How much do we know about the burden for family caregivers of patients in the ICU? An intensive care unit (ICU) in Mexico surveyed family caregivers about the burden they carry with having a family member in intensive care.Dr Olivares Durán from Mexico presented the results at the European Society of Intensive Care Medicine (ESICM) congress this month, arguing that understanding the risk profile would enable ICUs to better assist those caregivers at high risk.

Their study aimed to evaluate the frequency with which family caregivers of inpatients at the Adult-ICU and the Paediatric-ICU of a regional high-specialty hospital are submitted to burden and to describe the risk profile of such family caregivers.
The Zarit Burden Inventory (ZBI) was used with (121 family caregivers of inpatients at the Adult and Pediatric ICUs of the HRAEB Hospital. The researchers added other elements to those of the original ZBI in order to identify a general profile of the caregiver and a risk profile of the caregiver with burden.

The classification and interpretation of the ZBI were carried out using two methodologies: a) the one originally described by Zarit et al.; and b) the Bayen method. Durán explained that the intervals between cut off were not regular in the Zarit method, but they are in the Bayen method.

The Chi-square test was used for the statistical analysis of differences in frequencies or percentages among diverse sub-groups; values of p lower than 0.05 were considered significant.
The incidence of burden in the 121 surveyed family caregivers differed according to the method used: 59.50% (Zarit) and 71.90% (Bayen). The caregiver profile was: women, homemakers with elementary and middle schooling and low socio-economic level. The risk factors for burden in family caregivers, identified in this study using both methodologies were:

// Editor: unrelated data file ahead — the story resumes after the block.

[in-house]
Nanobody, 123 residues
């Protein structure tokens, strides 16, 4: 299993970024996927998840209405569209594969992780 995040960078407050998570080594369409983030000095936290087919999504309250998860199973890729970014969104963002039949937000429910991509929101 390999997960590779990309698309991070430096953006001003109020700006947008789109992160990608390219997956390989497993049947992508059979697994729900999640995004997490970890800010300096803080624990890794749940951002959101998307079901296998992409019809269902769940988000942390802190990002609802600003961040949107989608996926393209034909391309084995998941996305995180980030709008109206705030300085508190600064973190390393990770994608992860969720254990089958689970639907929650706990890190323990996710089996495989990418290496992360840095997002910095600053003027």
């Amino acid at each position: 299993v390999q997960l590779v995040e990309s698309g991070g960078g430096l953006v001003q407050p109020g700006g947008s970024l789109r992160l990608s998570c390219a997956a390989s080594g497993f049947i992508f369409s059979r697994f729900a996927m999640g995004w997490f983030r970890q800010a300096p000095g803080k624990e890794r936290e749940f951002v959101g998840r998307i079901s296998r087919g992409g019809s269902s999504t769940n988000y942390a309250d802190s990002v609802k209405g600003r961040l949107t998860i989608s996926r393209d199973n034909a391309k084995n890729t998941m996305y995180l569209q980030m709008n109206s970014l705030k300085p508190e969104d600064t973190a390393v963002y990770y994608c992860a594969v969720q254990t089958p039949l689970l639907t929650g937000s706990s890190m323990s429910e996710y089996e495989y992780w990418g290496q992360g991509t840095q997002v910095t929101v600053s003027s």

1. The respondent feels excessively burdened by giving care to his/her relative (last question of the ZBI);
2. Two or more physical disorders are shown (gastrointestinal, cardiovascular, skeletal muscle, headache);
3. The patient had been in bed months or years before the current hospitalisation.

There were significant factors identified in at least one of the two methodologies:

4. Two or more psychological disorders are shown (insomnia, depression, anxiety, anguish, stress, fear);
5. The caregiver sees the patient 6 or 7 days a week;
6. The caregiver has difficulties understanding the medical reports;
7. The caregiver considers that his/her socio-economic level as low.

The ICU has a social worker available 24 hours in the waiting room. They are working to integrate the support network around the patient and not only family caregivers. For example, if the patient has only the same visitor every day, then that is the visitor who is likely to need support. They are also looking at the quality of medical communication. If the family do not understand the information they are given, that increases their risk of burden.

Claire Pillar
Managing Editor, ICU Management

Latest Articles

ICU, ESICM 2014, Families, Mexico How much do we know about the burden for family caregivers of patients in the ICU? An intensive care unit (ICU) in Mexico surveyed family caregivers about...